He asks me, “Do you want to go down first?” I nod and he wheels me to the ramp off the ferry. As the crowd parts with him yelling, “Wheelchair, clear the way, wheelchair” I say to him, “A wheelchair: the way to travel inconspicuously.”
As the gangplank is raised, then lowered, it makes a long down ramp before it turns, a barrier of wood before a wooden walkway where people can line up waiting for customs.
Crewhand #1: “Are you taking her down?”
Crewhand #2: “Okay, sure”
I wheel forward, flip the casters up the ramp.
Crewman #2: “How much help do you need.”
“I’m okay on the flat” I tell him, inching up the uphill, “But I need help going down.” I have reached the top of the ramp and have my hands lightly on the wheels. I don’t want to use them to brake too much, in case my fingers curl under without me noticing and get broken.
As I accelerate down the slope, I’m laughing. It is a sunny day and the crewman is going fast. The 90 degree turn comes up, where it gets the steepest, connecting to the long sloping line down to customs. There is a wooden wall, in front.
“I wonder when he is going to make the turn?” I think, as I pull my hands free of the wheels, the slope is 25 degrees or more and he will need to pull it sharply to make the tight corner. “Wow, he must be strong, because he sure is putting the speed on,” I think and I laugh, with that light feeling of being on a ride, having fun.
And then my legs crash into the wall.
The chair, weighed down with bottles of water, gatorade, my backpack and the oxygen still rises into the air, using the impact of my legs as a pivot.
I’m embarrassed, and I’m laughing. I’m laughing too much. When in extreme pain, I laugh, the times I don’t scream.
The first crewman has caught up with us. “This time,” he tells the second crewman, “Hold on to the handles. I don’t think even she could survive the next incline.”
The next incline is very long, and lets you build los of speed. Crewman 2 holds on, but I can’t stop laughing the whole time.
When Linda picks me up, I tell her that the chair got away on them and crashed into the wall.
“That’s going to mess them up.” She says.
“Yeah, and I was hoping to exercise too.” And then it is dropped because between getting the van on the boat and getting off, our passports have gone missing.
We find them finally in the oxygen bag, but end up at the back of the customs line. “No, no.” I say to Linda, “The back is where they stop people. Look at the guy ahead, he’s been talking for 10 minutes already. Remember, don’t use the word manga. We were just at a fashion show. There were some concerts.”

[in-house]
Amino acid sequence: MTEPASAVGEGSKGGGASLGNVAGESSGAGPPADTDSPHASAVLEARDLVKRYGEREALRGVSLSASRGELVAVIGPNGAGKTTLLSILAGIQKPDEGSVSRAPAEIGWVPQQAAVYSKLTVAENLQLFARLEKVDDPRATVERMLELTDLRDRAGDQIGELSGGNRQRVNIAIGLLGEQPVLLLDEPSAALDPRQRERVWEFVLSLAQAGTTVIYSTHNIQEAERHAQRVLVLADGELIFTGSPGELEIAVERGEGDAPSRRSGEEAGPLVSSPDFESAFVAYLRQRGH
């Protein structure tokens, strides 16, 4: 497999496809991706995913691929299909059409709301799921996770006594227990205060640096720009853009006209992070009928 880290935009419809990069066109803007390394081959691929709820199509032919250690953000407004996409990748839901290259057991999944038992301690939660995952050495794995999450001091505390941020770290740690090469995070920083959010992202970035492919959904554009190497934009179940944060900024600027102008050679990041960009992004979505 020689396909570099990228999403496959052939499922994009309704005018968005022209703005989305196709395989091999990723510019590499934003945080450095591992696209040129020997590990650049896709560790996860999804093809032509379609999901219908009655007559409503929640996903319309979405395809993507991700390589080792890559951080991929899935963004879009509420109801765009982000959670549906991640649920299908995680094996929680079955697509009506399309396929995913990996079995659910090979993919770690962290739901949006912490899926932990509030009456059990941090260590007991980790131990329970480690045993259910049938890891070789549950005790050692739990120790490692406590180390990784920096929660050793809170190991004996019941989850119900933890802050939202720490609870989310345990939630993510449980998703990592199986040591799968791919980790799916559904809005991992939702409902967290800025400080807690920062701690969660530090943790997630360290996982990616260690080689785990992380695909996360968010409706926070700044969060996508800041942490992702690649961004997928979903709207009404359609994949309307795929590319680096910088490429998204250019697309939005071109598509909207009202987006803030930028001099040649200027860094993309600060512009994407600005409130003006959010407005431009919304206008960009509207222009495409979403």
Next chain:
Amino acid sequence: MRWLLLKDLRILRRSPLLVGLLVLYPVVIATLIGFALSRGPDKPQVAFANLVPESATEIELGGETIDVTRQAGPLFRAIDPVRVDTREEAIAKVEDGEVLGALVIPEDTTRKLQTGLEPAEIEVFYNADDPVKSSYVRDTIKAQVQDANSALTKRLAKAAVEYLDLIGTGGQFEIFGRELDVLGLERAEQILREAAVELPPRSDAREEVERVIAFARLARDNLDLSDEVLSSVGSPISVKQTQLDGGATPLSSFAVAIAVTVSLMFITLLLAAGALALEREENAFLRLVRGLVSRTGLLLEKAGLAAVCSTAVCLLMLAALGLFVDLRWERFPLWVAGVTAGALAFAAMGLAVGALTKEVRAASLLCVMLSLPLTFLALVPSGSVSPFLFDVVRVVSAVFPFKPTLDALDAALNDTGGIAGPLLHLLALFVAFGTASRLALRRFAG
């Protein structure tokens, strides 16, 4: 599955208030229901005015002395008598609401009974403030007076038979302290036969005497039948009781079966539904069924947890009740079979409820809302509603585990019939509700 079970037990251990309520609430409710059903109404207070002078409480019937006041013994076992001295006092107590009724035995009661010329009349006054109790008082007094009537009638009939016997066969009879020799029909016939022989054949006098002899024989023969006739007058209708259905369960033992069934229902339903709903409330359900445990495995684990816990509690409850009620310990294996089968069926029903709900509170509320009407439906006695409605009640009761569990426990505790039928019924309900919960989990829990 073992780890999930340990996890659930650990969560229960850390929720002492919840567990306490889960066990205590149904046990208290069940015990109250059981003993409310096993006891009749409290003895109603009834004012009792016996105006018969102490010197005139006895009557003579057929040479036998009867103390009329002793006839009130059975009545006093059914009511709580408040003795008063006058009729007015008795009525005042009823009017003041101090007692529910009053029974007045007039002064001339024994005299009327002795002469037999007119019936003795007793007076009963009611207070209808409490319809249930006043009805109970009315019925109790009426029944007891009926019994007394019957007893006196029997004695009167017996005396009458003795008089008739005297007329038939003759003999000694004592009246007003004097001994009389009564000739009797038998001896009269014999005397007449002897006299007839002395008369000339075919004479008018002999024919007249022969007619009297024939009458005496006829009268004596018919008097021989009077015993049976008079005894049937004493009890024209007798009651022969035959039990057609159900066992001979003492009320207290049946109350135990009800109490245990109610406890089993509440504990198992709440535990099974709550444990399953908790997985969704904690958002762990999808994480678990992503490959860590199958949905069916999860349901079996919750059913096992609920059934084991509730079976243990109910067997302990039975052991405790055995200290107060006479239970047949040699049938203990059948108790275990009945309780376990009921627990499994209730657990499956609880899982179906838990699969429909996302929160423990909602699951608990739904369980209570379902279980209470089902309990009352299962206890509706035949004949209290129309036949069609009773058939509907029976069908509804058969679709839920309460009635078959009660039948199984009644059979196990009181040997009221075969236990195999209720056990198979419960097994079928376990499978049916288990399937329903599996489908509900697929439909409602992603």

“Don’t say concerts.” Linda replies immediately. The last time we went through and said ‘festival’ they searched us for pot. And this time we were carrying some; the spray to relax my muscles before sleep.
There are three booths and the Canadian Customs officer in the one to the right of us has taken the driver inside. They are searching the vehicle to the left of us. We roll forward. It’s a guy, thank goodness. He asks where we were, and if it was for business or for pleasure. Linda answers because I am thinking, “Don’t tell them about the cheese.”
US customs officers ask if you have drugs, or weapons, while Canadian customs officers ask, if you are returning home, how much liquor and how much cheese you have. We bought a LOT of cheese.
He asks us about the liquor. We tell him about the bottle of rum and triple sec.
Officer: “What are some of the big ticket items you bought?”
Me: “Make up!” (I had bought a new lipstick from Lancombe and my goodness was it expensive: cost more than the manga we bought on the last day…..well almost more. Don’t think about the manga: last week a guy on a ferry from Seattle to Victoria was arrested for having ‘child porn’ and animation on his Ipad).
Linda: “And I got some slacks!”
The light in the customs officer eyes goes out as the sheer and total boredom of him looking through our make up and clothes purchases flickers across his brain. “Have a good day.” he says and we are gone.
That night, I fall, my PJ bottoms caught in the wheel of the walker, and I land badly on my leg, shoulder and opposing hand. I go to sleep with my leg up on pillow. Maybe the spasm in my leg was from going for a wheelchair toboggan ride down a slope and into a wall. Dunno. Pain makes the head go funny.
Tomorrow I’ll put up the pictures of me dressed as a Shrine Maiden.
2 hours ago